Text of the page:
How Safe is Your Hotel Room Lock?

Hotel doors could be vulnerable to hackers
Hotel doors could be vulnerable to hackers | © davidlee770924 / Pixabay
Photo of Peter Ward
Tech Editor3 May 2018

The days of big brass keys to unlock your hotel door are well and truly over, and plastic electronic access cards are the norm. But how safe are these systems from hackers?

A Finnish security firm has found that the doors on major hotel chains can be hacked and the electronic lock system exploited to make a master key to access every door in a hotel. Researchers at F-Secure were able to simulate a hack on the keycard system taking the information from an old discarded key and creating a master version that could open any door.

“You can imagine what a malicious person could do with the power to enter any hotel room, with a master key created basically out of thin air,” Tomi Tuominen, practice leader at F-Secure, said.

The potential security flaw has been outlined on the company’s website, but the research goes back to 2003. Tuominen was attending a conference in Berlin when a friend’s laptop was stolen from his hotel room.

The hotel was unable to find any signs of forced entry and the log of the keycard lock showed no entries into the room aside from the hotel staff. Tuominen became concerned that the locks contained a security vulnerability that could be exploited by thieves, and he has spent parts of the last 15 years working to prove it.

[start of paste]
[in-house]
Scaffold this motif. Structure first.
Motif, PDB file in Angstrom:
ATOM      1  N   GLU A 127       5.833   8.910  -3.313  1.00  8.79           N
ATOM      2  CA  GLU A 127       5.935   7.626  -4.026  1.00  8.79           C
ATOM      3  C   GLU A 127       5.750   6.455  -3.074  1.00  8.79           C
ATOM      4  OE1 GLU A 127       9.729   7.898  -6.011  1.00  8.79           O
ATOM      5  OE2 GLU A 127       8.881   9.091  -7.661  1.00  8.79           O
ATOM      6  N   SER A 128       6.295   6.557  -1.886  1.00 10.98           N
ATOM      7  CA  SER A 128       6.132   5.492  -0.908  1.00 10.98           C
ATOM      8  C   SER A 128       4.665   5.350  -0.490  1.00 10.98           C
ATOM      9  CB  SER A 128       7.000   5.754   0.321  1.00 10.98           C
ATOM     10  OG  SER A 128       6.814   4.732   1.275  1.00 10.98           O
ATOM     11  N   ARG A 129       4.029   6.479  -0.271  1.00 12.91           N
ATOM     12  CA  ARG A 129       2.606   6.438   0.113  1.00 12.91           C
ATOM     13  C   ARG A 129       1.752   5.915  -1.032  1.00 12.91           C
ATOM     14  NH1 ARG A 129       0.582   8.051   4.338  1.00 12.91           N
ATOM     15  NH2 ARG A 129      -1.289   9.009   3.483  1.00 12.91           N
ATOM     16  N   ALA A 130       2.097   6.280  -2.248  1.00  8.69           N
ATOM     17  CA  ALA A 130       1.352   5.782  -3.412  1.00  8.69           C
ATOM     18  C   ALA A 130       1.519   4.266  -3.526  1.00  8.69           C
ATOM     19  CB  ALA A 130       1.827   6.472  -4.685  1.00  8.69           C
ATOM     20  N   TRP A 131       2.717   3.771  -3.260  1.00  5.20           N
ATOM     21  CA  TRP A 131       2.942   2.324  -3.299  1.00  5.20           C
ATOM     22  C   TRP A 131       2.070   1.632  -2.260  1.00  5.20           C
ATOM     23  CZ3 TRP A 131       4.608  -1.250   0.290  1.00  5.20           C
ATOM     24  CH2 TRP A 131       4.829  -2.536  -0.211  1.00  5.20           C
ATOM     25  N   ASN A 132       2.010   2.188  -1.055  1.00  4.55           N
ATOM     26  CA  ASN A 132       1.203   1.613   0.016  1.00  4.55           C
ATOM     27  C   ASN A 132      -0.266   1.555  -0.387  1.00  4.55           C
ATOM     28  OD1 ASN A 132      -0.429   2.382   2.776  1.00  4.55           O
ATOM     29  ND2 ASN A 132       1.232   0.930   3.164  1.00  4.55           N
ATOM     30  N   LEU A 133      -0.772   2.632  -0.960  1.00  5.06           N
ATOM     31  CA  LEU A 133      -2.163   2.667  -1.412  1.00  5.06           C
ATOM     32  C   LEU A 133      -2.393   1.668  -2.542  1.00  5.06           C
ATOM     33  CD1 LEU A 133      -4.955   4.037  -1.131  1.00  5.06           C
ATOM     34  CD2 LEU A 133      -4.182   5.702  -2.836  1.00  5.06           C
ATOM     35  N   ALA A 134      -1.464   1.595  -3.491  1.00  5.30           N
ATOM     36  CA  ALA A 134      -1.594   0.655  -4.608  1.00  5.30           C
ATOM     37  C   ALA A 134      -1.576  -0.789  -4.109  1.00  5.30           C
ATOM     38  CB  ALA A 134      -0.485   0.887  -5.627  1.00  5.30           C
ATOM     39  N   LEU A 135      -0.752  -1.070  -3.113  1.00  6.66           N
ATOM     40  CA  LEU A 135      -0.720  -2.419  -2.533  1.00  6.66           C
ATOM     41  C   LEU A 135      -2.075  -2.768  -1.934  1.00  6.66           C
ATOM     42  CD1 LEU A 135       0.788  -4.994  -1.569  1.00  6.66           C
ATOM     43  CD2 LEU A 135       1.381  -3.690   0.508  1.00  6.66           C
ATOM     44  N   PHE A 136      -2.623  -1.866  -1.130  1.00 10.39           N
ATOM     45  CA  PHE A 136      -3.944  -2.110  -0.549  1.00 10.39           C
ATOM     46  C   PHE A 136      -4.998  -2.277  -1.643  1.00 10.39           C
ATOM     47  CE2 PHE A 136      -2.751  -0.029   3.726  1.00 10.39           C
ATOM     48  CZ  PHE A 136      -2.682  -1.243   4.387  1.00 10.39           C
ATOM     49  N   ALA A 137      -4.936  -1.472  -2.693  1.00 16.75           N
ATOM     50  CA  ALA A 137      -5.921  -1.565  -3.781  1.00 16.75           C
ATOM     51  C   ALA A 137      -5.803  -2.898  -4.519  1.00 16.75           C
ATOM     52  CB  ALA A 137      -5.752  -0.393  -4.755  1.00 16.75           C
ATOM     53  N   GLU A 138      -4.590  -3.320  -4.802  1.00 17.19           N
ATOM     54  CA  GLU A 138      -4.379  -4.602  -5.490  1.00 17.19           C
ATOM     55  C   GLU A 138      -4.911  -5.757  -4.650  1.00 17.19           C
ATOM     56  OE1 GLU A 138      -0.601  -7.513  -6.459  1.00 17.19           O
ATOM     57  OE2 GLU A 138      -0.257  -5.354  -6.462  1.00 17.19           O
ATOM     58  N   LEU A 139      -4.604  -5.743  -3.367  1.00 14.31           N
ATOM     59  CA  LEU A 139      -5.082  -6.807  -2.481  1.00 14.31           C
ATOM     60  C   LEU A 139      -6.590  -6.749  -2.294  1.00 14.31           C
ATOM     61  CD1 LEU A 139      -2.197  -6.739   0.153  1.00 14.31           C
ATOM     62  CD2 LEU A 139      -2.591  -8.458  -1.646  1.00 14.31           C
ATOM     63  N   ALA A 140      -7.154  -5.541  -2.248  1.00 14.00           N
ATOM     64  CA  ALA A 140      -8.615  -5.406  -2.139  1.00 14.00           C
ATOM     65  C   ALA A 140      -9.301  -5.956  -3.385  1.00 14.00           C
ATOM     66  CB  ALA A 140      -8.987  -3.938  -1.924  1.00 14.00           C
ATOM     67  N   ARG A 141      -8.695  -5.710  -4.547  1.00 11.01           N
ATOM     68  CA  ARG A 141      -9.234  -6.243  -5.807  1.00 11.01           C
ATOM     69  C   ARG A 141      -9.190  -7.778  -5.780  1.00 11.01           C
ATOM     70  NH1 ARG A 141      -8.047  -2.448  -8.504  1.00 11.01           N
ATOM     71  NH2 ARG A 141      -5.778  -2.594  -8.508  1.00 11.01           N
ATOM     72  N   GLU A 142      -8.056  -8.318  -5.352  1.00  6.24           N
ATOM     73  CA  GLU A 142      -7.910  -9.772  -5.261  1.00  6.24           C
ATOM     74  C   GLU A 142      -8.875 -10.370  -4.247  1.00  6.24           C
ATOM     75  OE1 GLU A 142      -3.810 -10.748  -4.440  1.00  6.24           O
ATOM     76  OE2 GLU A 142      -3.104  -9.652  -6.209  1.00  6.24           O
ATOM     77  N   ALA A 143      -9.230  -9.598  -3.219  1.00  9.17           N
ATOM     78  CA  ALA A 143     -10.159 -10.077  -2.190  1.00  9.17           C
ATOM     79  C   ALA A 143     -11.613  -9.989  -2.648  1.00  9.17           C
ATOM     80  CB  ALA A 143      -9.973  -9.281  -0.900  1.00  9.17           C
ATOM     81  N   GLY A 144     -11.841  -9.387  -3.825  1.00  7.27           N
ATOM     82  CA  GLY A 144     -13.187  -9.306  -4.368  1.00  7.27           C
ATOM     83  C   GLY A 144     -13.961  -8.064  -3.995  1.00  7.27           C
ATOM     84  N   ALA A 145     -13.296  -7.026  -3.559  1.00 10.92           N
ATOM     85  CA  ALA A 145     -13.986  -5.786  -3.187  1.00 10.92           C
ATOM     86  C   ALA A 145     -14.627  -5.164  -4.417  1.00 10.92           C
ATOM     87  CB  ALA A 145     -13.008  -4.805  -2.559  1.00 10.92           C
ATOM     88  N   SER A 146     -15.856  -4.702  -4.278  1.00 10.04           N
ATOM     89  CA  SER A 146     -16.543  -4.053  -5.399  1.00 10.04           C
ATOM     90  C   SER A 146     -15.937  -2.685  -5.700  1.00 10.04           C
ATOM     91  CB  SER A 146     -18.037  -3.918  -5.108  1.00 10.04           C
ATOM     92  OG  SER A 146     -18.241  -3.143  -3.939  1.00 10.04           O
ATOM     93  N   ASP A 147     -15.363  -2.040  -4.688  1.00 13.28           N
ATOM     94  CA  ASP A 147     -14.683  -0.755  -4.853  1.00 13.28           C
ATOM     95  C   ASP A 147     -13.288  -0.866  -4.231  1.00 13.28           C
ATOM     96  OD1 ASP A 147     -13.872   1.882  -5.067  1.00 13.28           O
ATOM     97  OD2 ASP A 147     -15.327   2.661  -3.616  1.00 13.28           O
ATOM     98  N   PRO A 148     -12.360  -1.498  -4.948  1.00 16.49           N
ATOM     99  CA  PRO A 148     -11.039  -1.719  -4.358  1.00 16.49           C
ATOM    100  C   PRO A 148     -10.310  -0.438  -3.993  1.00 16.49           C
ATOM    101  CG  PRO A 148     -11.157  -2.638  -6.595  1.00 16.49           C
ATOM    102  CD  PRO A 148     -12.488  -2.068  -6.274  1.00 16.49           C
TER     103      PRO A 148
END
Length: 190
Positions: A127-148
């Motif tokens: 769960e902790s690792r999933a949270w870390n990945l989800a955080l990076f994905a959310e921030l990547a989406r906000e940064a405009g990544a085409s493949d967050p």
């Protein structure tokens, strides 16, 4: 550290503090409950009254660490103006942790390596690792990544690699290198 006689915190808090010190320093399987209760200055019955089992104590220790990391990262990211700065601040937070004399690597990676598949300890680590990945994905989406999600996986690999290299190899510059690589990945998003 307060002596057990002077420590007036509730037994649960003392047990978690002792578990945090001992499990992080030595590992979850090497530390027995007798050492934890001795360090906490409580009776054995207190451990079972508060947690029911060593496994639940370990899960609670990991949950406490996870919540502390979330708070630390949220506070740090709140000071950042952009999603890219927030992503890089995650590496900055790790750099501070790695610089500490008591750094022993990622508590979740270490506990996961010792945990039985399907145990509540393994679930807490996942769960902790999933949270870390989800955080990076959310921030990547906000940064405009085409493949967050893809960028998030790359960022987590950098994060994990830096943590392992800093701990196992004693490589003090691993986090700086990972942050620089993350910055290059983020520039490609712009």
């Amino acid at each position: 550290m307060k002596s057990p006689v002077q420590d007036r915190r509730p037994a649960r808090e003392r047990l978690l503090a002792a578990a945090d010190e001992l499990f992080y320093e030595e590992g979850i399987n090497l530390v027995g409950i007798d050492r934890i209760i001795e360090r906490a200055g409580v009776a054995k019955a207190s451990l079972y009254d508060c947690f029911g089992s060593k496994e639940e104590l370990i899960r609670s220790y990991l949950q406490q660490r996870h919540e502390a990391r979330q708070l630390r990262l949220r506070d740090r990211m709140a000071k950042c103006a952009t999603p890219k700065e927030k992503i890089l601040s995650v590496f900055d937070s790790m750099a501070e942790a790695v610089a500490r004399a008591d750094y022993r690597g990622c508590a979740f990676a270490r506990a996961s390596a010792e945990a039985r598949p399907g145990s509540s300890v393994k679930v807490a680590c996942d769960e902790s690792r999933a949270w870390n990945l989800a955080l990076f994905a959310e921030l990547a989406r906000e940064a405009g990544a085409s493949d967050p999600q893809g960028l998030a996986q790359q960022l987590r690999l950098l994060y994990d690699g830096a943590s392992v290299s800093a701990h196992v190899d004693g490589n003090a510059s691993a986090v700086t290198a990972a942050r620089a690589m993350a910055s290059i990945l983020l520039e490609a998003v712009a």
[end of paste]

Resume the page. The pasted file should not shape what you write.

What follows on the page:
Hotel rooms are usually filled with expensive things to steal | © Felipe P. Lima Rizo / Unsplash

“We wanted to find out if it’s possible to bypass the electronic lock without leaving a trace,” Timo Hirvonen, senior security consultant at F-Secure, said in a statement. “Building a secure access control system is very difficult because there are so many things you need to get right. Only after we thoroughly understood how it was designed were we able to identify seemingly innocuous shortcomings. We creatively combined these shortcomings to come up with a method for creating master keys.”

The design flaws exist in the Vision by VingCard software that is used with the lock system. This software is deployed for millions of hotel rooms worldwide, and the research has led to the world’s largest lock manufacturer, Assa Abloy, to issue software updates to mitigate the issue. Major hotel chains like Sheraton, Radisson, and Hyatt use Assa Abloy locking systems.

It’s a common sight in the movies to see someone hacking into a hotel room door using a clunky piece of hardware and a few red lights gradually turning to green, but the flaw found by F-Secure was potentially much more dangerous. Hackers would be able to use a card that had long expired or been discarded to get the necessary information to program the master key, and using that key would leave absolutely no trace or record behind.